In the world of higher education, there has been much discourse and claims of a shifting global movement gravitated towards Asia. Indeed, it is not unusual to also hear and read about the region’s profound transformation and rise over the past half-century since the 70s to the present day.
Asia has undergone unprecedented economic growth over the last few decades resulting in driving major social and demographic change as well as institutional reform. In some countries, for the most part, this has brought about greater stability, infrastructure and more sound policies and regulations. The rise of a large and growing middle class together with increased openness, market reforms and regional initiatives such as ASEAN to unite and increase its global competitiveness has brought about greater interconnectedness amongst Asian countries and the rest of the world.
The higher education sector in the region has also reflected these dynamics, which is no surprise considering the economic boom in many fast-growing Asian countries is linked to a knowledge-based economy – knowledge production, advanced skills and an overall rising demand for higher education. In fact, it is estimated that by 2020, China alone will account for 30% of the world’s university graduates aged between 25 to 34 years old. Asia’s third largest economy, India is also projected to add 300 million people to the workforce in the next 2 decades – that, by the way, is the equivalent size of the entire population of the United States. On top of these big players, let’s not forget hot emerging countries that have undergone strong transformation or are part of the global competition and experienced rapid economic growth and taken steps to internationalize their higher education institutions, such as Malaysia, Vietnam and Thailand. Let’s look at the higher education landscape in Asia from the view of international engagement between Asian countries versus the rest of the world as well as domestic higher education developments of Asian countries.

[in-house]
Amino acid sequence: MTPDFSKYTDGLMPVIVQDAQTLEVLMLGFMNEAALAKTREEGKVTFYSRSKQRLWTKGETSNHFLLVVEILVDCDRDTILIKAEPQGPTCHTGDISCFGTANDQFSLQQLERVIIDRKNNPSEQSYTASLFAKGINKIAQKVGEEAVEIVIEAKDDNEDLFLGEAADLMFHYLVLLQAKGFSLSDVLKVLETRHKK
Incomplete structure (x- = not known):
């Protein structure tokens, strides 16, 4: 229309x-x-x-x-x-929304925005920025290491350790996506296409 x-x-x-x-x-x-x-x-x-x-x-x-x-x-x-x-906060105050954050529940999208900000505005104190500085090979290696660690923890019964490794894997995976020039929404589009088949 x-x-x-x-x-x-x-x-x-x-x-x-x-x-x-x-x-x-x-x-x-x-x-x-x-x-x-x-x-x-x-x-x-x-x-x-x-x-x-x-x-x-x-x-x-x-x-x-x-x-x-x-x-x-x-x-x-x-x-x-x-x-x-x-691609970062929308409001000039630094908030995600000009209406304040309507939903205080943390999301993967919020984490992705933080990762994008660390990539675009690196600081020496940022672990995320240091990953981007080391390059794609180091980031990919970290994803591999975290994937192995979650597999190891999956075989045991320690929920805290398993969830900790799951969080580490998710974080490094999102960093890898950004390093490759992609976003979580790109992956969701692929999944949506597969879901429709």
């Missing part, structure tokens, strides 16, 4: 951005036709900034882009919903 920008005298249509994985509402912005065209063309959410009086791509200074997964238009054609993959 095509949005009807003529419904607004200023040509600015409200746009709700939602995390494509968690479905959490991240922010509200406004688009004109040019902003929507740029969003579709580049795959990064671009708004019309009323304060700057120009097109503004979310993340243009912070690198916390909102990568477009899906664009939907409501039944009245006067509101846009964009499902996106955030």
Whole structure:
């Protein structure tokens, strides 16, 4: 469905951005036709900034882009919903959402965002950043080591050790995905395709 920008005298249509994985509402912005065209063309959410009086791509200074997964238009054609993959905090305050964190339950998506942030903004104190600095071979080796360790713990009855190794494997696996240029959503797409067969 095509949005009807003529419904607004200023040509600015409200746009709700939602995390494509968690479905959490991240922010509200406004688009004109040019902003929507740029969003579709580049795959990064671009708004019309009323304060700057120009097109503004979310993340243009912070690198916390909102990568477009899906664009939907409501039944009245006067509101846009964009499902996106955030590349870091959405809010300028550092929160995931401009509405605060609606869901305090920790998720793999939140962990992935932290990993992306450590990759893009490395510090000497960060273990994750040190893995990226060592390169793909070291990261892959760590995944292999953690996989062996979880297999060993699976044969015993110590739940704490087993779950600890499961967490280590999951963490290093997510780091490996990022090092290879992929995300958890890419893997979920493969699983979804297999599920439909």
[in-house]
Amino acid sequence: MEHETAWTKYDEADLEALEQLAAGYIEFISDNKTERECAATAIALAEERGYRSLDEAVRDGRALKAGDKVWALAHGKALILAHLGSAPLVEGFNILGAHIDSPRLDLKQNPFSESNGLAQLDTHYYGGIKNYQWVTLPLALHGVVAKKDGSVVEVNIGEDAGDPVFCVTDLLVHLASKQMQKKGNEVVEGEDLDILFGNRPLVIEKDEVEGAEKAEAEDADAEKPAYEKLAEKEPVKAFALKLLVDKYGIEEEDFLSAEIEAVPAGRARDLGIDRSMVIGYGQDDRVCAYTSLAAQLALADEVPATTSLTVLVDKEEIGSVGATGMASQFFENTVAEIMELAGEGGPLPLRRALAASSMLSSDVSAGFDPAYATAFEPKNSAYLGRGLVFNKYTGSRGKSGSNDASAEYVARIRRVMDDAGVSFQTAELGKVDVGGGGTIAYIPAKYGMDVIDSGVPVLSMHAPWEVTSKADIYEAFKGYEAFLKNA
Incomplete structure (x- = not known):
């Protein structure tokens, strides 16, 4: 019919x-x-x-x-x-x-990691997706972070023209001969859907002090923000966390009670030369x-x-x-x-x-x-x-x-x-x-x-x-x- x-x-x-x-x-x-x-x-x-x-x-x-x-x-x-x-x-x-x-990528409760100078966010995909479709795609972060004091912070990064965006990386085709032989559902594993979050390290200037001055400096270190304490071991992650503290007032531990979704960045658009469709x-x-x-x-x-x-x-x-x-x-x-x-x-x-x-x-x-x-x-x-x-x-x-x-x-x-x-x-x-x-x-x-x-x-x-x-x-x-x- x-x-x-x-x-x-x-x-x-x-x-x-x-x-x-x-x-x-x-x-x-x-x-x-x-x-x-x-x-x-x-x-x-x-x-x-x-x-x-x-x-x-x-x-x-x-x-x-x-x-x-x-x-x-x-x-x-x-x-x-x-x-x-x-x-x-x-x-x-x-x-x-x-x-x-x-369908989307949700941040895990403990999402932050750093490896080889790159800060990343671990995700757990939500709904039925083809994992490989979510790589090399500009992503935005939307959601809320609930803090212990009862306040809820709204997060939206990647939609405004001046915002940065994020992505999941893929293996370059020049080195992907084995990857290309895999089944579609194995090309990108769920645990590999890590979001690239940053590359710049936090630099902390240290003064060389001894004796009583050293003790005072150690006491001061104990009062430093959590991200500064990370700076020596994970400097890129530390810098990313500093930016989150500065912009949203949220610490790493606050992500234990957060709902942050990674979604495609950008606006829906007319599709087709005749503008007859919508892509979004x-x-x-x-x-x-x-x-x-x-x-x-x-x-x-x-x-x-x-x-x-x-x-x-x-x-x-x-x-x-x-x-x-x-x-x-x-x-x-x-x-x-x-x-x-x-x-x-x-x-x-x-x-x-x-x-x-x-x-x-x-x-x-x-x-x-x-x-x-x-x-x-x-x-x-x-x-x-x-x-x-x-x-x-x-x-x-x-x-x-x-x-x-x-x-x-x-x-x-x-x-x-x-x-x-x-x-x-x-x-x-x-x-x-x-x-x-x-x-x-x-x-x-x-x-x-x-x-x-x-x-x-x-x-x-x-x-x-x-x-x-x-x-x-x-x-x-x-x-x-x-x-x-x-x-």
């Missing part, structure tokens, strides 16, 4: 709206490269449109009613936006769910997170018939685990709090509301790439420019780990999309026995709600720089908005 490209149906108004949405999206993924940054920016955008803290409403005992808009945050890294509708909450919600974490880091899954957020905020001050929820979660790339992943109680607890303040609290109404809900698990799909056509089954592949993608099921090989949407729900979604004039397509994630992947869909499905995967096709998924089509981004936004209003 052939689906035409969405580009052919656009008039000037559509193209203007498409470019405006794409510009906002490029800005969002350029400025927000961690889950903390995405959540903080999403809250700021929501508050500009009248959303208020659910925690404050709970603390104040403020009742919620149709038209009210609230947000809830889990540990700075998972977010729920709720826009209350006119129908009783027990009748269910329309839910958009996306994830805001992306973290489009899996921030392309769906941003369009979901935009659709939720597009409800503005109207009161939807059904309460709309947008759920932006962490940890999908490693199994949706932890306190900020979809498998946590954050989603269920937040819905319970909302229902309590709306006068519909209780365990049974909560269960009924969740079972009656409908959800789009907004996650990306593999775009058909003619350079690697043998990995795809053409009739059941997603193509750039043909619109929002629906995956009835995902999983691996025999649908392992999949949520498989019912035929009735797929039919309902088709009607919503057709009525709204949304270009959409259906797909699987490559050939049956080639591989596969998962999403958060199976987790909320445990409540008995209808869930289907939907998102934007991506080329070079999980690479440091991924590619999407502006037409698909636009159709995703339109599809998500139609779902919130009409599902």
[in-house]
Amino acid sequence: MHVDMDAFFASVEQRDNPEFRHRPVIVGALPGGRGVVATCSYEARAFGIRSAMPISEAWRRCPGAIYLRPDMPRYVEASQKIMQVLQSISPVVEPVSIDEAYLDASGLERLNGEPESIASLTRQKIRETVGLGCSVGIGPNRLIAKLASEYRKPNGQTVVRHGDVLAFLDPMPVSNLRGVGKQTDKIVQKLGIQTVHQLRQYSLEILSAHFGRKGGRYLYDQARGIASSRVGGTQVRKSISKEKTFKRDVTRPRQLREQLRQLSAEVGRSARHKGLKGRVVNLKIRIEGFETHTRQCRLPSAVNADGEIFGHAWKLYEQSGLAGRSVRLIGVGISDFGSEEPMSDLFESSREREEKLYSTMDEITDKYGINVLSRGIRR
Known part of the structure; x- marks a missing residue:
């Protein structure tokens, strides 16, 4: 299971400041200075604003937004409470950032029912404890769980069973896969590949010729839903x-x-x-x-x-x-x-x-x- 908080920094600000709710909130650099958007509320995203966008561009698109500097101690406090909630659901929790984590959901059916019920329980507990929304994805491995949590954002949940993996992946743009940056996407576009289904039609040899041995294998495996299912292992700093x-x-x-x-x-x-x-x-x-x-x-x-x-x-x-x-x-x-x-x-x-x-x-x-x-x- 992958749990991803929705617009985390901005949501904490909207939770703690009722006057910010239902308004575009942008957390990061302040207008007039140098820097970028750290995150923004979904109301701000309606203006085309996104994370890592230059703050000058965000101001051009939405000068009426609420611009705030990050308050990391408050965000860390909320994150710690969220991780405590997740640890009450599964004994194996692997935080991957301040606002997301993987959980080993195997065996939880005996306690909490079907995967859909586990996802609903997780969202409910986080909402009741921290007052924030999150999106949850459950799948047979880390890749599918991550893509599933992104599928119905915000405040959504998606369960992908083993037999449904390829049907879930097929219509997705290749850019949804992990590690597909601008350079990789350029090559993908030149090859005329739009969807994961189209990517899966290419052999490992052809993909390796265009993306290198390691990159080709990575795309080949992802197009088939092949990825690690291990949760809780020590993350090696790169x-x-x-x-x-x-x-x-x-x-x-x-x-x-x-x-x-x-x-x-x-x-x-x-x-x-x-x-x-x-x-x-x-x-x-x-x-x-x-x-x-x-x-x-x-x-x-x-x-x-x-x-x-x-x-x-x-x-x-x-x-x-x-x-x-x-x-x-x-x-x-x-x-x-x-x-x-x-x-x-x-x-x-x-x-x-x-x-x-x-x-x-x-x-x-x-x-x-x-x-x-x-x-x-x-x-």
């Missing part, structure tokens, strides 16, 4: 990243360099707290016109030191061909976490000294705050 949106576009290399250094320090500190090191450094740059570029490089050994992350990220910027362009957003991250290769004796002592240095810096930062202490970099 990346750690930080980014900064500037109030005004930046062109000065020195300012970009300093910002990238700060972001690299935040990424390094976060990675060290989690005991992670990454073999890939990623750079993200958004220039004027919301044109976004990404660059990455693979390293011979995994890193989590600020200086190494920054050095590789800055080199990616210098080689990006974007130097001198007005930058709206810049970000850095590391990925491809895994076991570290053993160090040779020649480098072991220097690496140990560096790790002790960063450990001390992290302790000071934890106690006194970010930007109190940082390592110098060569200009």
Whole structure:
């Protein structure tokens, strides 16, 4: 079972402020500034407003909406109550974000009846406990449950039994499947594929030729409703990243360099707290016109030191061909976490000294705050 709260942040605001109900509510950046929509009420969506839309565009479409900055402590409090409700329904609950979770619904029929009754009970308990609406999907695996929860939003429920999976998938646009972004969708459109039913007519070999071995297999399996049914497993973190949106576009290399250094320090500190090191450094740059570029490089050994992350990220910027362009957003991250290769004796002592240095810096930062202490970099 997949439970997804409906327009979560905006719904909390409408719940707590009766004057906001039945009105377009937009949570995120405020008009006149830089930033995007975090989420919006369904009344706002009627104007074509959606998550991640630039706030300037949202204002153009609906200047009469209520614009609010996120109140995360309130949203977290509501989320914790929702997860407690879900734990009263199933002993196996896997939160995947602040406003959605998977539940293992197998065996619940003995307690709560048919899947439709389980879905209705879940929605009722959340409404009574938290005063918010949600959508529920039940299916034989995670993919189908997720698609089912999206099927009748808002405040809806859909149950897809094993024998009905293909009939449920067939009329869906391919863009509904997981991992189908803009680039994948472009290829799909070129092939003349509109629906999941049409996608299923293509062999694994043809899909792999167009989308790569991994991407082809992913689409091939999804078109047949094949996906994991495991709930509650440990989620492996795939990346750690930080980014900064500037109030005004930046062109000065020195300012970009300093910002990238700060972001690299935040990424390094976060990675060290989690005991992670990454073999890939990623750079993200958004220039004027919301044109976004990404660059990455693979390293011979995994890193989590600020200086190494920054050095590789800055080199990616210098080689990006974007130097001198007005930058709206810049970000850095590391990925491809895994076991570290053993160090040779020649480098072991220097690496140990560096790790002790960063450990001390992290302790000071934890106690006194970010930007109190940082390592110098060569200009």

A recent Open Doors 2014 statistics show a clear pattern that affirms the surge in mobility out of Asia, as well as into Asia. Delving deeper, we see many Asian faculty who return to leadership positions in their countries having obtained their PhDs from either US or European universities. On top of that, there is an increasingly growing segment of post-secondary students in Asia that plan to study abroad, likely in the US, Australia or Europe. This isn’t surprising. Consider this – Asian students make up a whopping 64% of the total international student body in the US. What does all this mean for Asia’s higher education landscape?
Achieve global standards while meeting domestic needs
The growing expansion of global academic mobility has propelled governments in Asia to join the global competition for knowledge and talent with a strong push to have their respective higher education institutions (HEIs) perform at the top level. Hence, we’re seeing Asian institutions upgrade, scale up and also taking on roles to become partners and peers for universities in other parts of the world. This growing dynamic relationship will offer students in Asia increased flexibility and ease to move from one system to another seamlessly while experiencing new environments, cultures and opportunities.